The present invention relates to a process for preparing a textured yarn


Draw Texturing Yarns Draw Texturing Yarns are high qual […]

Draw Texturing Yarns
Draw Texturing Yarns are high quality, textured yarns. They offer improved pill resistance, dimensional and crease resistance, fuller appearance and better sewability.

The present invention relates to a process for preparing a textured yarn from a feed yarn that is obtained by melt spinning at a speed of 3000 - 5000 meters per minute. It entails drawing and false-twist texturing of such feed yarn simultaneously or sequentially at a draw ratio of 1.05 - 1.30X using a heat-setting temperature of 170deg - 240degC.

In order to obtain textured yarns of good tenacity, especially for the industrial application, it is necessary to use feed yarns having excellent birefringence values and titers. The birefringence values should be preferably below about +2 x 10-3.

It is also important to avoid using feed yarns which have excessive elasticity, because such elongation is induced during the draw-texturing process due to the deformation of the cross section of the feed yarns.

Thus, a special care should be exercised when threading up the feed yarns to the draw-texturing machine. It is essential that the yarns are drawn under the conditions of a hot pin temperature and a draw ratio that is not too high.

The tenacity of the textured yarns is influenced by the drawing and false-twist texturing operations conducted simultaneously. The twist level is preferably set at about 0.9 - 1.0 to achieve a textured yarn suited for most applications.

The elongation of materials is a very important property to consider in the manufacturing of textile products. It provides information about how a material will respond to forces when they are applied.

The most common method for assessing elongation is the tensile test. This test uses a pulling force to stretch the material and measures how much it can resist before it fractures.

In the manufacturing of ropes and cordage, high-speed drawing is a necessary step to produce strong, low-elongation yarns. The higher the speed, the greater the stress on the process and equipment.

This can result in broken filaments, threadline breaks, and poor package formation, all of which reduce the quality of a yarn.

The tensile test is an excellent tool for evaluating a material’s ductility as well as strength. It can also be used to predict how a material will behave in certain applications, such as ropes and cordage.

Loop Density
Loop density is a very important factor in the theoretical designing of various knitted fabrics, as it is the main determinant of loop length and area density. It is especially essential to be able to predict the loop length and area density of a knitted fabric, which is a necessary condition for protective garments in order to avoid mechanical damage during external hazardous factors [1,2].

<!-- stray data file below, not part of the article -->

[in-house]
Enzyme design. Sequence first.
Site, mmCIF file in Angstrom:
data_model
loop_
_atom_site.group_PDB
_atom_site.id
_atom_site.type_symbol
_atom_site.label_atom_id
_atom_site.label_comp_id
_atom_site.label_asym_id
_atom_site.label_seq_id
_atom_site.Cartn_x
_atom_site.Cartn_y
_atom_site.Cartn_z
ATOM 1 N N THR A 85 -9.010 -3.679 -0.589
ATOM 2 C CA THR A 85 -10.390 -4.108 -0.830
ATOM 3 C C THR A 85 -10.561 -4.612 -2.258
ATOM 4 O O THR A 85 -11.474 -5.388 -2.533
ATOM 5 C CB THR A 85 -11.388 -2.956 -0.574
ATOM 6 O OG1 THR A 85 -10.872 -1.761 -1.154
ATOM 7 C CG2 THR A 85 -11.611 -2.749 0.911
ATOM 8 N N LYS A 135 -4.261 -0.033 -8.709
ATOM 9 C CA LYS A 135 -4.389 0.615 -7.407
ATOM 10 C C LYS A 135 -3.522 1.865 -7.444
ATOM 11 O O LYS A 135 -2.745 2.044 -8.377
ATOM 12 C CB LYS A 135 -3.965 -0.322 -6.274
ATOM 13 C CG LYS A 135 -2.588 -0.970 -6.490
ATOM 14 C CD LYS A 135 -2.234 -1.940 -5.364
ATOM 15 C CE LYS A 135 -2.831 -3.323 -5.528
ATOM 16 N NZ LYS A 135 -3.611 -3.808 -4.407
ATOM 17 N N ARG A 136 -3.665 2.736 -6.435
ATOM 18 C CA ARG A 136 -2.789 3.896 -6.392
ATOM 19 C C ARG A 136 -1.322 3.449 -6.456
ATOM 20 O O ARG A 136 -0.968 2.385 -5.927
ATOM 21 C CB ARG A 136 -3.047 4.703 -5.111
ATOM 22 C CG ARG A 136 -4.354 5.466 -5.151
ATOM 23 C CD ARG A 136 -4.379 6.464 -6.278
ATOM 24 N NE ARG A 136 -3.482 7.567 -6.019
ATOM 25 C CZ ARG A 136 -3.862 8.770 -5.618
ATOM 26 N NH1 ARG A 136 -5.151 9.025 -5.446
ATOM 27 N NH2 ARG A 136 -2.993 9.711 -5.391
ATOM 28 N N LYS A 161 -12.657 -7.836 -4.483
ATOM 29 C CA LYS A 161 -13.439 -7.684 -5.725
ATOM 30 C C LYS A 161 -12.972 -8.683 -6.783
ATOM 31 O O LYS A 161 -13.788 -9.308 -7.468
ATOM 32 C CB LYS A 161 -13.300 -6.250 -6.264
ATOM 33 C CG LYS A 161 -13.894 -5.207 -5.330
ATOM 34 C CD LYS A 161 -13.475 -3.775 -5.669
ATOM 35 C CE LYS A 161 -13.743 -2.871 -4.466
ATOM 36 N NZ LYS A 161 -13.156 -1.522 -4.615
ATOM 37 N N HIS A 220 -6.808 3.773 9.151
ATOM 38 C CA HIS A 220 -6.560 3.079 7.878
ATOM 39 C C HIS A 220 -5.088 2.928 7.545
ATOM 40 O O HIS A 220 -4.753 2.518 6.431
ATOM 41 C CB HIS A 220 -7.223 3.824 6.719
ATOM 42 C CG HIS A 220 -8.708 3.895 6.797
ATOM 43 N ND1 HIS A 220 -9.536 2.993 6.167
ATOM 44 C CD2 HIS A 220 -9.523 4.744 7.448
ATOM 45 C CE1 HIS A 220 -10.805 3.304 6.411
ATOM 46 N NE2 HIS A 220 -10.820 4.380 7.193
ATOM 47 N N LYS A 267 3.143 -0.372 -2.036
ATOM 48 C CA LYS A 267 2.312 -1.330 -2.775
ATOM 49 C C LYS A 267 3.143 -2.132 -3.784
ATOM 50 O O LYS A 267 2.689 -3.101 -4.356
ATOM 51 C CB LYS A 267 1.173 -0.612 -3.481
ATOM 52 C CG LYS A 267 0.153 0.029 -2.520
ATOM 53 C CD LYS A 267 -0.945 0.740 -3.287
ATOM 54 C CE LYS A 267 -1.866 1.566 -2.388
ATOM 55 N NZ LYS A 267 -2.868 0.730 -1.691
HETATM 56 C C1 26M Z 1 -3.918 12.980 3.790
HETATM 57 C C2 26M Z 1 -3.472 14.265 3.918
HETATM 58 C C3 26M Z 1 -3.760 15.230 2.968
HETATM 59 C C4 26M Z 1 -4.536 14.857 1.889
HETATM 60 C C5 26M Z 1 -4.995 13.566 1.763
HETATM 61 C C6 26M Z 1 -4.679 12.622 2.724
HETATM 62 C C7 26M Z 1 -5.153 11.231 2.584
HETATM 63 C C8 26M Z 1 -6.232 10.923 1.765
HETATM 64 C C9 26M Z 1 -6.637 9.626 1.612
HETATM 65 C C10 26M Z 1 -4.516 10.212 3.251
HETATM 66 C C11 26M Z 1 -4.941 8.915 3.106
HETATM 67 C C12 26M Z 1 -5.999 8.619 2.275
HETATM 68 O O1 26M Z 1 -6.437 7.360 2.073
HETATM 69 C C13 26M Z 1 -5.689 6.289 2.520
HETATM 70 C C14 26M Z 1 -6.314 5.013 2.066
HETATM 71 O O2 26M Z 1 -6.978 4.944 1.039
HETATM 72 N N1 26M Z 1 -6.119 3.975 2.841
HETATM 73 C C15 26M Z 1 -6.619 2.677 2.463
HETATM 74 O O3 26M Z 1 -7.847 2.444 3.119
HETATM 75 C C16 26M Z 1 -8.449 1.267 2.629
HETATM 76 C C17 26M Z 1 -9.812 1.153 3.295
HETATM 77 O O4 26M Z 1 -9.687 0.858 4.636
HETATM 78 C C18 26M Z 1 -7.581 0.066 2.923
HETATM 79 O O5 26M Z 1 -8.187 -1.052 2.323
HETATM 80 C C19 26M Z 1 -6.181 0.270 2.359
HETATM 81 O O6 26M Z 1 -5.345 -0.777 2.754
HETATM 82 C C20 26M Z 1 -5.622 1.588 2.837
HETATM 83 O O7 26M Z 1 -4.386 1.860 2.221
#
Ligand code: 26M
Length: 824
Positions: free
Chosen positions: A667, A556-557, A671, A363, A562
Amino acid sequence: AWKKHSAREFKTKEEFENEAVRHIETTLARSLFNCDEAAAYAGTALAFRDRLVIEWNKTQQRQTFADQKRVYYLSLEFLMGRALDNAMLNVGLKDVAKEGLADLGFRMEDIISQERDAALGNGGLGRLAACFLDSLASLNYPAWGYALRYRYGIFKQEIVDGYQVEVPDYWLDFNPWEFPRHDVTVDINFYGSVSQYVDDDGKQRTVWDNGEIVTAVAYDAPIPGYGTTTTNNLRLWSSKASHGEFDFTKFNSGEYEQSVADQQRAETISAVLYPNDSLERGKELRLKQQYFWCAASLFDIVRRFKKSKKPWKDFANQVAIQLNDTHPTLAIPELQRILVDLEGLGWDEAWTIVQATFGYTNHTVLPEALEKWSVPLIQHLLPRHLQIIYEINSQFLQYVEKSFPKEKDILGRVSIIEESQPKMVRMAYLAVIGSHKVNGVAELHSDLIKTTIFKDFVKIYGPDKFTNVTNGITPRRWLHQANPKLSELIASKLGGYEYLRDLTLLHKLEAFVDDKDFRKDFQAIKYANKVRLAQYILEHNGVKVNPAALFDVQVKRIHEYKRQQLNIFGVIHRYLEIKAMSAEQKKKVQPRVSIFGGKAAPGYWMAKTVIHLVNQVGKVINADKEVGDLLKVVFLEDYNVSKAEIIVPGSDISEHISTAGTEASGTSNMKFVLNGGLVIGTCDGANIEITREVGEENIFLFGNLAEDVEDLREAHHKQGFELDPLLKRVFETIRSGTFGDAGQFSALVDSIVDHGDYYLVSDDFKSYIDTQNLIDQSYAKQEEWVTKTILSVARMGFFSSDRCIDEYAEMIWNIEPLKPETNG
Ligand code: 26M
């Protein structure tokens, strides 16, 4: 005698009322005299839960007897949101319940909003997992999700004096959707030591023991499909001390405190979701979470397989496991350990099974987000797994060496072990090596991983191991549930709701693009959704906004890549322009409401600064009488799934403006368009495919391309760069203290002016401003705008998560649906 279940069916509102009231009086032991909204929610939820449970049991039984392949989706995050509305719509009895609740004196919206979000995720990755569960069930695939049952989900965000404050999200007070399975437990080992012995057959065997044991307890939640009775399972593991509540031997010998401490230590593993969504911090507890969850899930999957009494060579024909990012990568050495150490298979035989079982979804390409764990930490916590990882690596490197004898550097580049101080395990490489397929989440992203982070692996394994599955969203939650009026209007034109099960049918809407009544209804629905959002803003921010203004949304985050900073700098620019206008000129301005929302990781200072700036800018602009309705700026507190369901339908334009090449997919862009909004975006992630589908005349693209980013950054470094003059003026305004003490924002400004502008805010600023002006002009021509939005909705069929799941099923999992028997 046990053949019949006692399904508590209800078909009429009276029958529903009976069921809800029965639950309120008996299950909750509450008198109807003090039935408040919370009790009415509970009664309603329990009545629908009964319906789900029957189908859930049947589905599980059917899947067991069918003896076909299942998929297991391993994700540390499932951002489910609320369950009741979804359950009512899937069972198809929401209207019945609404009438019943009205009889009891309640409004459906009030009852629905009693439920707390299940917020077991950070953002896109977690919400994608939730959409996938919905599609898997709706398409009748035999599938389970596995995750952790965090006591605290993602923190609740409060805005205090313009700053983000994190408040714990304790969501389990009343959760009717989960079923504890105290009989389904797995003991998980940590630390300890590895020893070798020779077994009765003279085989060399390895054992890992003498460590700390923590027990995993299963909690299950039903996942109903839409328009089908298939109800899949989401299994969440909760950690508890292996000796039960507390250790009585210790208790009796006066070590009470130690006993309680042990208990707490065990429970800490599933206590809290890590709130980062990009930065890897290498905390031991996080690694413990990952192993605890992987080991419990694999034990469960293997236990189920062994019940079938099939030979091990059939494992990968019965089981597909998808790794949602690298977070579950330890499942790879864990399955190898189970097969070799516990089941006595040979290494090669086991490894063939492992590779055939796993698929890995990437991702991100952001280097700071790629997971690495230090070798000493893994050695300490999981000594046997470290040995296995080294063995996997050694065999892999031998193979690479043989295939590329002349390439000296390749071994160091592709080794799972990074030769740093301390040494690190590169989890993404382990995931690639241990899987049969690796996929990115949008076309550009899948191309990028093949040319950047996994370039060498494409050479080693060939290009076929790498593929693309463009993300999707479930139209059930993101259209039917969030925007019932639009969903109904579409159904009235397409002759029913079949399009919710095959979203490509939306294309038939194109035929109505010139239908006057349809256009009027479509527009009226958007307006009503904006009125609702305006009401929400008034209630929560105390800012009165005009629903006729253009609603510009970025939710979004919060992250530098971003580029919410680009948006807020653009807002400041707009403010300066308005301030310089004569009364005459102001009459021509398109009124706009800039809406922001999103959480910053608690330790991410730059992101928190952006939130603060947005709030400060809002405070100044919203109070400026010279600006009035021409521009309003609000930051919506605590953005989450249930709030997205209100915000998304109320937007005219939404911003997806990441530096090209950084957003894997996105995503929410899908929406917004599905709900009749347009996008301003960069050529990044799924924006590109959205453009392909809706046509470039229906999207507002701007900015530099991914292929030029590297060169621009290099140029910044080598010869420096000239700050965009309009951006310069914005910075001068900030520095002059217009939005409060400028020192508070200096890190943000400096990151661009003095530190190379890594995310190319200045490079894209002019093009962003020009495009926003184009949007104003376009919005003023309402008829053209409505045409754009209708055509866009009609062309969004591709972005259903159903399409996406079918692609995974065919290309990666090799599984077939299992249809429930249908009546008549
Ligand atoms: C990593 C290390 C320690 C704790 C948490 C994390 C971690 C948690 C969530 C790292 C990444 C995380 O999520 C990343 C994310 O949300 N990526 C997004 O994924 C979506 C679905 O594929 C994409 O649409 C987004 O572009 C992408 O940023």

In general, the loop length of a knitted fabric is determined by mathematical formulas. These formulas are usually simplified and do not require exact values of mechanical forces that act in the loop and between adjacent loops.

The loops of the yarn loops in a knitted fabric are ordered front-to-back, depending on the stitch pattern that defines the knitted fabric. This topological ordering can be analyzed by an algorithm that uses the loop path and a precedence rule to determine which yarn loops are brought to each query location in a fabric grid.

Draw Texturing Yarns are dyed with disperse dyestuffs at high temperatures under elevated pressures. These dyestuffs are not easily accessible and expensive.

The color of these textured yarns is affected by the first heater temperature, the D/Y rate and the texturing speed. They are also affected by the amount of dye that is used and the amount of space dyed filaments.

In addition, the crimp properties of textured yarns are affected by varying heating times during draw-texturing. This is especially the case for microfilament polyester yarns that have been texturized by false twist methods at a lower first heater temperature than during crimp contraction, or by a longer draw ratio, D/Y rate and texturing speed.

During the drawing-texturing of PET partially oriented yarn (POY) on a lab-type Barmag AFK-M texturing machine, the effects of varying the first heater length and temperature on various texturing parameters were investigated. The first heater length and temperature were 2.5 m and 190degC, respectively; the D/Y rate was 650 m/min; and the texturing speed was 1+6+1.

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